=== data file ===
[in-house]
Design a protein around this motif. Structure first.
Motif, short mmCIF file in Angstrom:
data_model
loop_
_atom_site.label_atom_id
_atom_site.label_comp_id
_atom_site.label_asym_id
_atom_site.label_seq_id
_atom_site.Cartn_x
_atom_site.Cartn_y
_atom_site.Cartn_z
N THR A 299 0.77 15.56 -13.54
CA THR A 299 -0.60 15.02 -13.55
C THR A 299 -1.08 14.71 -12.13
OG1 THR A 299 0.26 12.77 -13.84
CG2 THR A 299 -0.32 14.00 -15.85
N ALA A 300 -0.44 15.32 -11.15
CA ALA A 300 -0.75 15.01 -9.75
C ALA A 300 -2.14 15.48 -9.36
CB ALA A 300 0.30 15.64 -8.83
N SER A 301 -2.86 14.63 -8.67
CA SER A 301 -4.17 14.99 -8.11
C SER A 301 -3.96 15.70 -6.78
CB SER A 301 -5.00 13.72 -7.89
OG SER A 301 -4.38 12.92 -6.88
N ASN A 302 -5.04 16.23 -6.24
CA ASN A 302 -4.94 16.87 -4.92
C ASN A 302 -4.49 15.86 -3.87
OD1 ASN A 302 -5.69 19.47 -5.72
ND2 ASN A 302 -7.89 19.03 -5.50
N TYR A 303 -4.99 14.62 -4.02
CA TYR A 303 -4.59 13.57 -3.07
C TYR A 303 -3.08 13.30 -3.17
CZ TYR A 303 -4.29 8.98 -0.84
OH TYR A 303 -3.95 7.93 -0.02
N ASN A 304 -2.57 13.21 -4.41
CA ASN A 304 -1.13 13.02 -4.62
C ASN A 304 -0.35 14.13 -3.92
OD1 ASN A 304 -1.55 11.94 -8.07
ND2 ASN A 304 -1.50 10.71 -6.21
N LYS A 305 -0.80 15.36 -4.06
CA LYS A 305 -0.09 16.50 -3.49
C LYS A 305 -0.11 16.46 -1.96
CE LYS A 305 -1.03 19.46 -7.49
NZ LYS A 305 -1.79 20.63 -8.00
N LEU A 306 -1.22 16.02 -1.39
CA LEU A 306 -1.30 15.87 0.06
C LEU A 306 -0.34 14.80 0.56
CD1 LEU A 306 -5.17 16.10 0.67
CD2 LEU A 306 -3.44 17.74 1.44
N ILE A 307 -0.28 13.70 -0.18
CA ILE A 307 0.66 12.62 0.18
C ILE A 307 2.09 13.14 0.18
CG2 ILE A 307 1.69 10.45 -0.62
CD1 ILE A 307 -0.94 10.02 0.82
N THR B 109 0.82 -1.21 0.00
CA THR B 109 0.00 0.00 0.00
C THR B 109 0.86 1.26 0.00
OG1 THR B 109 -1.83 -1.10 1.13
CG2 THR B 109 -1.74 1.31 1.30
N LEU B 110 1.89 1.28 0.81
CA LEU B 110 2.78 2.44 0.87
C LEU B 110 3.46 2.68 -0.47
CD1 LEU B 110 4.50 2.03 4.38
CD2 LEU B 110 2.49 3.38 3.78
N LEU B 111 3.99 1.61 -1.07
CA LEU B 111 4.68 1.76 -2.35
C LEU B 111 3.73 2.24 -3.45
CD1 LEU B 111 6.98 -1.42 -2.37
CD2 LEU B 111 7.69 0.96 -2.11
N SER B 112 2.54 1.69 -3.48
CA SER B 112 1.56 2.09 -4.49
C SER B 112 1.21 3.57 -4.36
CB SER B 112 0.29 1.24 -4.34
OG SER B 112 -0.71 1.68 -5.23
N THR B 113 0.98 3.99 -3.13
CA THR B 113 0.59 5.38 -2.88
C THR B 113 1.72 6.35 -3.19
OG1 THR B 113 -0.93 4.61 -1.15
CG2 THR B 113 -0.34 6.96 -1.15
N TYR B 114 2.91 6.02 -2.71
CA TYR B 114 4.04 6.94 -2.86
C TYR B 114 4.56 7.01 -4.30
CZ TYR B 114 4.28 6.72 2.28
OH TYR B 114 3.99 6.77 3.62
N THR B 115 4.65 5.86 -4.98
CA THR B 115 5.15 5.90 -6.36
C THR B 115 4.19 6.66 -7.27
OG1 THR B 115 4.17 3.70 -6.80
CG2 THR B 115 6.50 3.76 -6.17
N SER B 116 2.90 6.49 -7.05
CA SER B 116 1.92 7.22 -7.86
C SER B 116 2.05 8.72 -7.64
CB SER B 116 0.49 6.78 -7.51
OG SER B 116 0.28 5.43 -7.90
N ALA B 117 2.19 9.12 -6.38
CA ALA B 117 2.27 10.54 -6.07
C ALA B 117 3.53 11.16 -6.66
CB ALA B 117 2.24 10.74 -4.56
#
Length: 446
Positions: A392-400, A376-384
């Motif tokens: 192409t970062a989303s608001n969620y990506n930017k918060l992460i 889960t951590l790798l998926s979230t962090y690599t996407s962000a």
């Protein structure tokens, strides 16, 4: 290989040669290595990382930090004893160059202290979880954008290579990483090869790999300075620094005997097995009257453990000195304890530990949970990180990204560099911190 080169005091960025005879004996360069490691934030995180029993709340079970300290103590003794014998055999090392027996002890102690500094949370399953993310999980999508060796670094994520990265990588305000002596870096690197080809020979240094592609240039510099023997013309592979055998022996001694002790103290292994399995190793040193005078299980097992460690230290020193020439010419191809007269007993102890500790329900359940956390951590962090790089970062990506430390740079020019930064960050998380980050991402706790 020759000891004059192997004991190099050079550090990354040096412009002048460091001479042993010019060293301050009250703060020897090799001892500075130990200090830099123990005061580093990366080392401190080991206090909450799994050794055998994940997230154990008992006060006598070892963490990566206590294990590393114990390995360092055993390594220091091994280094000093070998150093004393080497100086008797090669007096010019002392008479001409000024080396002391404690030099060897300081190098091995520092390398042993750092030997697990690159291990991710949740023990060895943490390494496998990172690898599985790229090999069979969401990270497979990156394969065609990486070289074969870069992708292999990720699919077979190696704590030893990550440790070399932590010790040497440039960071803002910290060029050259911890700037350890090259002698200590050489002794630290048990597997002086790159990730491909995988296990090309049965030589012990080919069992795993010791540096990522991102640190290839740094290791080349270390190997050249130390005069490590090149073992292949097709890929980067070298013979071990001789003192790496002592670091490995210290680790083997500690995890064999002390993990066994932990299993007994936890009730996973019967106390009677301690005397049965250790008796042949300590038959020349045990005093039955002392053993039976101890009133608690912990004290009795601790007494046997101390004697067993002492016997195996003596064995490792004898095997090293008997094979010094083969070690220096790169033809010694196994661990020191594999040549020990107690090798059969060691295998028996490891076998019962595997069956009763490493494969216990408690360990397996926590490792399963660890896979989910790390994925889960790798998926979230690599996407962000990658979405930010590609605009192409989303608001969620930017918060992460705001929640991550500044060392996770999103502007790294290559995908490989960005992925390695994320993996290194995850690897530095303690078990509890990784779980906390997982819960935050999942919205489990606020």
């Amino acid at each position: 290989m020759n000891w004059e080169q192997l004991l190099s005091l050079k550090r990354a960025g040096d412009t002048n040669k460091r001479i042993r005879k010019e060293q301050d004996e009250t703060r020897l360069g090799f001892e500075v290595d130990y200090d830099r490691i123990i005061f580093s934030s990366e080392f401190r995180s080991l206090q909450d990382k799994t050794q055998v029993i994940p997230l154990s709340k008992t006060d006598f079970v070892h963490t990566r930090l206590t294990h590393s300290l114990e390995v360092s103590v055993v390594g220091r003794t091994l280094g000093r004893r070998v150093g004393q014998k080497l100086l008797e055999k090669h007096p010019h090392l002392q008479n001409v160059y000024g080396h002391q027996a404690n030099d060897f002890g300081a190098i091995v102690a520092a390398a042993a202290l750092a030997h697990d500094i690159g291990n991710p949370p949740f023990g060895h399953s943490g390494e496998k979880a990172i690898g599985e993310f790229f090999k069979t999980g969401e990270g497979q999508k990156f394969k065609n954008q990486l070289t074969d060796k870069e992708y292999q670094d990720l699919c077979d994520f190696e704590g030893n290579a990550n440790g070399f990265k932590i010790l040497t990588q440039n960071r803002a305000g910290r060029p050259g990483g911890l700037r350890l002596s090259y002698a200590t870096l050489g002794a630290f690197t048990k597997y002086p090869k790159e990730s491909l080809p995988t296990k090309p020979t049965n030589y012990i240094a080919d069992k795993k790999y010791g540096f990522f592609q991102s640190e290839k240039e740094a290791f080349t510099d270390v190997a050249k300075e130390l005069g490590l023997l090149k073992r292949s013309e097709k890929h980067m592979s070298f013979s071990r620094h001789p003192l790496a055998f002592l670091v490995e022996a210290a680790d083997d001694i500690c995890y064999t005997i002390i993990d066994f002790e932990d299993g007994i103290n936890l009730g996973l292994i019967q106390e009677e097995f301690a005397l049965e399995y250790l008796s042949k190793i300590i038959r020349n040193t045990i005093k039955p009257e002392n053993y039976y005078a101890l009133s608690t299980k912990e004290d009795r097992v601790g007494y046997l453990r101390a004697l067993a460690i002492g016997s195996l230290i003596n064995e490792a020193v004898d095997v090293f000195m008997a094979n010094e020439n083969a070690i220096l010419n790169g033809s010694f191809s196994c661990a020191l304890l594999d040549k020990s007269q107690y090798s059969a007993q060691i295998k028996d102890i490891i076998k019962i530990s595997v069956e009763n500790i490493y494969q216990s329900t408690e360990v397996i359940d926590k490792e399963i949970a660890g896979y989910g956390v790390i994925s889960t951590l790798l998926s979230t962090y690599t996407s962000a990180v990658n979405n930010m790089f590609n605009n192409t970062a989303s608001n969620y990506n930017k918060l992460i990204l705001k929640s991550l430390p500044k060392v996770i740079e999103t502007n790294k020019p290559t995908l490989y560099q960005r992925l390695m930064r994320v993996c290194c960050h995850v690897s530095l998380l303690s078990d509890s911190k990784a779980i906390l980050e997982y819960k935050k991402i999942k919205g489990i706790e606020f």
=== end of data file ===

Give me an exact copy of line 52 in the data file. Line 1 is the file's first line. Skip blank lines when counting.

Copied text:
N ILE A 307 -0.28 13.70 -0.18